A dedicated follower of Poe, Hawthorne, Melville, and Eudora Welty, I have always admired short stories—both as a reader and a writer. As edited by Peter Dubé, Lethe’s annual collection of short gay fiction celebrates the diversity of voices in our community. This year, Dubé has focused on the many ways in which we yearn, and the result is no less striking than last year’s compilation.
The collection starts off strong with Matthew J. Trafford’s marvelously skewed “The Renegade Angels of Parkdale,” in which Zach, recovering from the suicide of his boyfriend, allows his friends to drag him out to a bar populated by gay angels. Trafford’s sense of humor and irony are in full blossom as we track Zach’s evening, which ends up with him and a new chum named Alar (a word which means “resembling wings” for those of you who don’t do crosswords).
If bars full of angels aren’t to your taste, Clint Catalyst’s hilarious “Sugar Rush” might give you some new fetish material as we’re introduced to the new sexual practice of “caking,” which is exactly what you think—spongy cake fucking with frosting for lube. It gives a whole new (or old) meaning to Twinkie. Our established voices are also evident here, especially with Felice Picano’s achingly wistful “My Childhood Friend,” Jeff Mann’s “Bondage Tape in Budapest,” a frank look at how one couple copes when their sexual tastes differ, and Cecilia Tan’s “Action,” a study of an actor in transition.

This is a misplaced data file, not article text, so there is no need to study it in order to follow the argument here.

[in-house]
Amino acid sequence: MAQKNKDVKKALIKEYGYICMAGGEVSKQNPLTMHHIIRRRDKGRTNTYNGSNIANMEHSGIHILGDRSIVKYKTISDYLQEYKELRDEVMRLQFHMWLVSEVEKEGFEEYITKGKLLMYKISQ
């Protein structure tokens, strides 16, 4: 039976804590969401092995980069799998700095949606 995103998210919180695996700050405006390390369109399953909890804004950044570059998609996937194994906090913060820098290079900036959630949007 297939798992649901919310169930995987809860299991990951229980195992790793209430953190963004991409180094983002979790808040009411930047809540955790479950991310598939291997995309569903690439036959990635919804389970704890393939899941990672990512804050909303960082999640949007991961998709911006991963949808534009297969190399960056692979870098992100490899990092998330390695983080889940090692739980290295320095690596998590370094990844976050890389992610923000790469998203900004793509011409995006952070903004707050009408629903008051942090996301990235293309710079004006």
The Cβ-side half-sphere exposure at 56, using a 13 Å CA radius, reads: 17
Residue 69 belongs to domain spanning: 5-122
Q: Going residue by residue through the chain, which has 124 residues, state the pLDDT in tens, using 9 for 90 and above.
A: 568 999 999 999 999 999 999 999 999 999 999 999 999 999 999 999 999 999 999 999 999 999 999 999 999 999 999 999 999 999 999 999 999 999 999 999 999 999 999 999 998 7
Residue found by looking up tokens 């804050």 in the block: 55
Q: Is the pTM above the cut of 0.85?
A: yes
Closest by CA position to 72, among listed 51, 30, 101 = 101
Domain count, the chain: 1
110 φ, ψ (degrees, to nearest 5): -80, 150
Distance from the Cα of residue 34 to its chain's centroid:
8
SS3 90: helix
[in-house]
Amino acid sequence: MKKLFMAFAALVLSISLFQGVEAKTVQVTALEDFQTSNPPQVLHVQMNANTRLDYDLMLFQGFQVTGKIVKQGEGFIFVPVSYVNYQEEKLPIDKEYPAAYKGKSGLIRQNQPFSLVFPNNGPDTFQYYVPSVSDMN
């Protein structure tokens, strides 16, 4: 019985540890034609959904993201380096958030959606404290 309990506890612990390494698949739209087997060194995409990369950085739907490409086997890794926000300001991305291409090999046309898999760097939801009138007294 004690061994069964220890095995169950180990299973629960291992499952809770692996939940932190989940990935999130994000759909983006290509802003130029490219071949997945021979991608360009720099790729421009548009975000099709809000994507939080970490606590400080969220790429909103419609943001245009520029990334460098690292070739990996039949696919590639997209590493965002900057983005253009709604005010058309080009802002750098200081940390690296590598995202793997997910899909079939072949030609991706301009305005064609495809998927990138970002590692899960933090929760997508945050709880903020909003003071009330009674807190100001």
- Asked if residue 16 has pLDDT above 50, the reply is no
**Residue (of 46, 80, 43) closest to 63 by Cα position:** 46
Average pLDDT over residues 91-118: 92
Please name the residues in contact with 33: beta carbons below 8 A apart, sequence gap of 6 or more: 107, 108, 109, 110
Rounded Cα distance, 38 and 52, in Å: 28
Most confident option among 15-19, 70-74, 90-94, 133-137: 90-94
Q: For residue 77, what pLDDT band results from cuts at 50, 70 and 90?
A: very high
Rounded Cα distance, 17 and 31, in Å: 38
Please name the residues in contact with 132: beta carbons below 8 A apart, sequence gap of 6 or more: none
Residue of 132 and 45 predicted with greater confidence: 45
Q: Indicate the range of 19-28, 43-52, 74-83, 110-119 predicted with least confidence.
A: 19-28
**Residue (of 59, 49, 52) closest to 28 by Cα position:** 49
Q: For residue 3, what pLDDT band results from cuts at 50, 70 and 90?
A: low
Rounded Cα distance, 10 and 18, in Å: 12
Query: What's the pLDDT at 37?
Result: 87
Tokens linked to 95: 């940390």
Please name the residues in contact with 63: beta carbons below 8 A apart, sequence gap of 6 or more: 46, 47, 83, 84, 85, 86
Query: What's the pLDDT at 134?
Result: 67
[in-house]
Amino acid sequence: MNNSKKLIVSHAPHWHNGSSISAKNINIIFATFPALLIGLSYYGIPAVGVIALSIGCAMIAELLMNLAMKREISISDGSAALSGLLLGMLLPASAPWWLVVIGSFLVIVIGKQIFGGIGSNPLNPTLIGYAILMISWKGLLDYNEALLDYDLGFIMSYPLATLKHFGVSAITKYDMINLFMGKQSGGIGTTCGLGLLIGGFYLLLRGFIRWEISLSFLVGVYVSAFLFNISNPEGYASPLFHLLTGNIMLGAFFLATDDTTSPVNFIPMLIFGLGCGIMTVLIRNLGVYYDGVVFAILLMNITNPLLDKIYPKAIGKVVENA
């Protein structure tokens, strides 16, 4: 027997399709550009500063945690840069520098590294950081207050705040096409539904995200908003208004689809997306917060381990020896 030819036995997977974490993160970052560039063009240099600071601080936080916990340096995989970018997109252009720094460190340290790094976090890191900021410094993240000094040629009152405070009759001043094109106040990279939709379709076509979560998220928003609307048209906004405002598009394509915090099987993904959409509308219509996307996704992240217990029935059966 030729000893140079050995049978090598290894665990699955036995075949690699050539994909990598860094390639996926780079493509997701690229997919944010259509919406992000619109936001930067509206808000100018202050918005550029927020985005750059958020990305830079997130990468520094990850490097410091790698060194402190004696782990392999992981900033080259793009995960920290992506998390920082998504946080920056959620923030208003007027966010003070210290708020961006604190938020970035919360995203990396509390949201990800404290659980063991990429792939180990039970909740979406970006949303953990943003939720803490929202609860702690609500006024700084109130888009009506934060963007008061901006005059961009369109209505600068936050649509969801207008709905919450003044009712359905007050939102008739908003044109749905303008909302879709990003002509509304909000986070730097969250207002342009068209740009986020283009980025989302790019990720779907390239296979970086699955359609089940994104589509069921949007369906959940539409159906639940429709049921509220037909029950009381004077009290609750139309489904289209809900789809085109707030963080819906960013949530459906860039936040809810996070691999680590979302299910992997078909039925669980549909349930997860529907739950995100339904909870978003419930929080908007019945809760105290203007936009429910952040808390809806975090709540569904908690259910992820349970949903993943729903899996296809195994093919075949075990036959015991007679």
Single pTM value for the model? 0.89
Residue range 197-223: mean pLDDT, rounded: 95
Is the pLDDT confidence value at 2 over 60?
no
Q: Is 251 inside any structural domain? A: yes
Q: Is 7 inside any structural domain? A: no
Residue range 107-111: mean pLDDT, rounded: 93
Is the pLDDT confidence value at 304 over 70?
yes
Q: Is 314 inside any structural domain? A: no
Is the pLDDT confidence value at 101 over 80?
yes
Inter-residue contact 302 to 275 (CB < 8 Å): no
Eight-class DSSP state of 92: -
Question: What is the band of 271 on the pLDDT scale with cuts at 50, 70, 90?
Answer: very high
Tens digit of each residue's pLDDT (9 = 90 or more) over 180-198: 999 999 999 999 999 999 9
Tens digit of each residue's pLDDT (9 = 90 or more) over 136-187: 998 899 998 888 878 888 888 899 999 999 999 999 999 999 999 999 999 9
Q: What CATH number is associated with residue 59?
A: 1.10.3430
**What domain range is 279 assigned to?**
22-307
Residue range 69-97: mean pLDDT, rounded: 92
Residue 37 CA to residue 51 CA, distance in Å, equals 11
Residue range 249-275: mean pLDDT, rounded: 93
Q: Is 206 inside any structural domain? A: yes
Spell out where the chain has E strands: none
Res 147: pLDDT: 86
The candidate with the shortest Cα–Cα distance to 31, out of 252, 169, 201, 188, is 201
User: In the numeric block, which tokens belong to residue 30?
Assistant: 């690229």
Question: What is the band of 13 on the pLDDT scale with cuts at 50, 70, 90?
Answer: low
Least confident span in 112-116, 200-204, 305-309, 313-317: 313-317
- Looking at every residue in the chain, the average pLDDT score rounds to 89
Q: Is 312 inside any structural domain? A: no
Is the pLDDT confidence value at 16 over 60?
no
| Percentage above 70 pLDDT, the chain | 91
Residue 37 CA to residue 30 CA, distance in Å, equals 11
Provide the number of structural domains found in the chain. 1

None of the stories here play it safe, but these envelopes are pushed with recognizable fingers so as to not alienate or strand the reader in territories too unfamiliar, such as Ian Young’s deft handling of a murder in “In My Dreams I Can Drive,” William Henderson’s breathtaking “Words Between Words,” the changing of a life in Jonathan Vatner’s “191 Days of Active Charles.”
Rightly or wrongly, self-loathing or not, yearning for straight men is a very large part of some gay men’s lives, as evidenced by Elias Miguel Muñoz’s blend of Star Trek and sexual exploration, “The Unequivocal Moon” as well as Loren Arthur Moreno Jr.’s altogether too brief “At This Late Hour.”
But, really, anywhere you open Best Gay Stories 2012, you’re bound to be entranced and intrigued by what’s on the page. This is yet another entry in a fine series that demonstrates not only our diversity but the vast array of talent in our community.
©, 2012, Jerry Wheeler